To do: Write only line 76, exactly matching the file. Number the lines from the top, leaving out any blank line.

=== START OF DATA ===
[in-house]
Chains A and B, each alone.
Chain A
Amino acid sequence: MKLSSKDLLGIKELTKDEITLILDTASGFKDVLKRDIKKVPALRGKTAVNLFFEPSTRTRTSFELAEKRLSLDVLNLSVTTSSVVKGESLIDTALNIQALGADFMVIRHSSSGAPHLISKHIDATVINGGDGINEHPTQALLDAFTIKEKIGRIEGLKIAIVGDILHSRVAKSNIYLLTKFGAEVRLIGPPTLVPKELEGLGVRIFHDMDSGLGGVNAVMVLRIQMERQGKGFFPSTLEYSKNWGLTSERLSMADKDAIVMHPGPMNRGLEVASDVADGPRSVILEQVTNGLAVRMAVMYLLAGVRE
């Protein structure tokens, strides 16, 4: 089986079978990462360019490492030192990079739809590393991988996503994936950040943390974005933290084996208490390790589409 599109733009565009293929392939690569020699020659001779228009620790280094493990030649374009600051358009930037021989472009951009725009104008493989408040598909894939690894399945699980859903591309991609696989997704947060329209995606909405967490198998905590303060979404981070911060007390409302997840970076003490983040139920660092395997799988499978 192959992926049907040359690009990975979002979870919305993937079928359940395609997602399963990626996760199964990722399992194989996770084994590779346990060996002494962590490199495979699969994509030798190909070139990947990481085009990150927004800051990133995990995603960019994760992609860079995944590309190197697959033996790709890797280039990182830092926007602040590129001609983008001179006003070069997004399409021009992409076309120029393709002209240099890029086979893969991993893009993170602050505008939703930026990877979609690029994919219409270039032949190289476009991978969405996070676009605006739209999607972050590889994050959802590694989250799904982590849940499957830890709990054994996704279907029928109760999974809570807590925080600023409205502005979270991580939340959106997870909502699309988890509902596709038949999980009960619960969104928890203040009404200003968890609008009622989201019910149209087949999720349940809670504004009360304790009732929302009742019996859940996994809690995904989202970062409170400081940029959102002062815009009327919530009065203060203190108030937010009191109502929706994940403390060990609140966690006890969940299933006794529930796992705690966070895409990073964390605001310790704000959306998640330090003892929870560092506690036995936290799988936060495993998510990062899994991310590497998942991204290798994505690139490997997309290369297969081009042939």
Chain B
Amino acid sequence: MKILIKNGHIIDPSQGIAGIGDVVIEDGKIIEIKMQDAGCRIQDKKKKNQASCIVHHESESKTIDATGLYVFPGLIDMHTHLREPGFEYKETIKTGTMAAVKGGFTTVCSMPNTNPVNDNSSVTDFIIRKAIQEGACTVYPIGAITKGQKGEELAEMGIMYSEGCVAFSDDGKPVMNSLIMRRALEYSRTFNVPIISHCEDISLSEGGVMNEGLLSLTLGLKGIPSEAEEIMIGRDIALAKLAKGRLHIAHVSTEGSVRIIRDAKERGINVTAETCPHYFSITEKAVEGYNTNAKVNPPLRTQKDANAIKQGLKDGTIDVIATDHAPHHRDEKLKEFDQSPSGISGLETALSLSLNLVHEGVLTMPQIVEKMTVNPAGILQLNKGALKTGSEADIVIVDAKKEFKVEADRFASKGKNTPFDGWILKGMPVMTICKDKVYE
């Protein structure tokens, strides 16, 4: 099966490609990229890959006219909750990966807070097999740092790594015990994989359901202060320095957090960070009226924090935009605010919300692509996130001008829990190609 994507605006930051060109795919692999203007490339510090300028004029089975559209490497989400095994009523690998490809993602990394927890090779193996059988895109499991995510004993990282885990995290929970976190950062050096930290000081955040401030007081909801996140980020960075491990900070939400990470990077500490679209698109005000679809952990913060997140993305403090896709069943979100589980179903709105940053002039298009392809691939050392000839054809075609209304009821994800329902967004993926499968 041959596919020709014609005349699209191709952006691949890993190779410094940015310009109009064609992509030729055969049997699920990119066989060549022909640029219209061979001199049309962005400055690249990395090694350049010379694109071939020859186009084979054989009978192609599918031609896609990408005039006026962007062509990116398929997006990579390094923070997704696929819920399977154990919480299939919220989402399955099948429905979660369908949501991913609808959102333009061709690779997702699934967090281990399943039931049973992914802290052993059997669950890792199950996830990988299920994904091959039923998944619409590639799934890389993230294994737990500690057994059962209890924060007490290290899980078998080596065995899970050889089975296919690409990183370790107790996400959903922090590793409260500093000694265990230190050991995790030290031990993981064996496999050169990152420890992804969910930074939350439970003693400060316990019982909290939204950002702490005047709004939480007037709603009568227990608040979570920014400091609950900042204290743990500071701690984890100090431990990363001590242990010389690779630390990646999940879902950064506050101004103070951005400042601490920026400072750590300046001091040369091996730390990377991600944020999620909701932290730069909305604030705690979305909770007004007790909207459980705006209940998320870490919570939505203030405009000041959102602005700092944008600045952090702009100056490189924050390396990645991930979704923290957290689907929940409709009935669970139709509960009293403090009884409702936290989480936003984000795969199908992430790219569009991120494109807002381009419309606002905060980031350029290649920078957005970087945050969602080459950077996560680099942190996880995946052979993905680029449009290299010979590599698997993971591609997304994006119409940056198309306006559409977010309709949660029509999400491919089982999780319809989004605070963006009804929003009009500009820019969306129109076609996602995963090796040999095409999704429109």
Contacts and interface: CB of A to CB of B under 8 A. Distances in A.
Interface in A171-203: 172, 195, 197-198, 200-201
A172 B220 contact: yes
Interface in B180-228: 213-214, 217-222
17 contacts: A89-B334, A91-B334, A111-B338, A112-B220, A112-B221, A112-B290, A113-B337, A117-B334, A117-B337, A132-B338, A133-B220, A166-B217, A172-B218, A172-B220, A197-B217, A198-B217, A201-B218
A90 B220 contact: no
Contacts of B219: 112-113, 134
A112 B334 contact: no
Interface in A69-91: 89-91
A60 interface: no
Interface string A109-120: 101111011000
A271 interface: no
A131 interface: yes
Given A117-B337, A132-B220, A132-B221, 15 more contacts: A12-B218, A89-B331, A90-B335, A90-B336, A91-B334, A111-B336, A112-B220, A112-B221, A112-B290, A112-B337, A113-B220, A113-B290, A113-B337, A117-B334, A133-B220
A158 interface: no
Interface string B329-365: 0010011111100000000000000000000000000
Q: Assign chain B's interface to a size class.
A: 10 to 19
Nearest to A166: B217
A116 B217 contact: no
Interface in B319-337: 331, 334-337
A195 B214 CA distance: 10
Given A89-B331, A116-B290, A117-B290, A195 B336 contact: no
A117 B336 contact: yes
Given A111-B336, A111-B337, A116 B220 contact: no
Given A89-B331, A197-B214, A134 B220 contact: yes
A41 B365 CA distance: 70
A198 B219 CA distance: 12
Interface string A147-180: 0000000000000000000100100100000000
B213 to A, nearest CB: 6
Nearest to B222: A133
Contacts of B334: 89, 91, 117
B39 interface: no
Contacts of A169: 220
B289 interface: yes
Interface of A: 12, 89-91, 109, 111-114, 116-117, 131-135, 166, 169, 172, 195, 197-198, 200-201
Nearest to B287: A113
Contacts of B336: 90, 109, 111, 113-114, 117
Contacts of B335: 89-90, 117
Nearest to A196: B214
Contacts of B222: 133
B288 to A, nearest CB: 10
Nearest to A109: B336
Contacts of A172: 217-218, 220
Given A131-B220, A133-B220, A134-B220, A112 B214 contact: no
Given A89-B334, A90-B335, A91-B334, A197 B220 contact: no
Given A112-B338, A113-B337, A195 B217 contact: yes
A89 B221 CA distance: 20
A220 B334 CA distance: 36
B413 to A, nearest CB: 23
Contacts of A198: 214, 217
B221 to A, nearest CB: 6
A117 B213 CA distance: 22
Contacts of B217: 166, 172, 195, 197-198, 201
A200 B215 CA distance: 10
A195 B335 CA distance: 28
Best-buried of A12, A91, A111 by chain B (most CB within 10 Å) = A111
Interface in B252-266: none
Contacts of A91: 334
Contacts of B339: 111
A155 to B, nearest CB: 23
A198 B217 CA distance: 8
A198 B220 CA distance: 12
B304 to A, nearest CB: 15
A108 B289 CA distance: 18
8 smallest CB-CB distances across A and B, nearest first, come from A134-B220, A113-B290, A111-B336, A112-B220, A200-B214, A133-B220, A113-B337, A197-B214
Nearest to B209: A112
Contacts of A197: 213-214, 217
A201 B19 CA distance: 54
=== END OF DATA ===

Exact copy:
Contacts of A197: 213-214, 217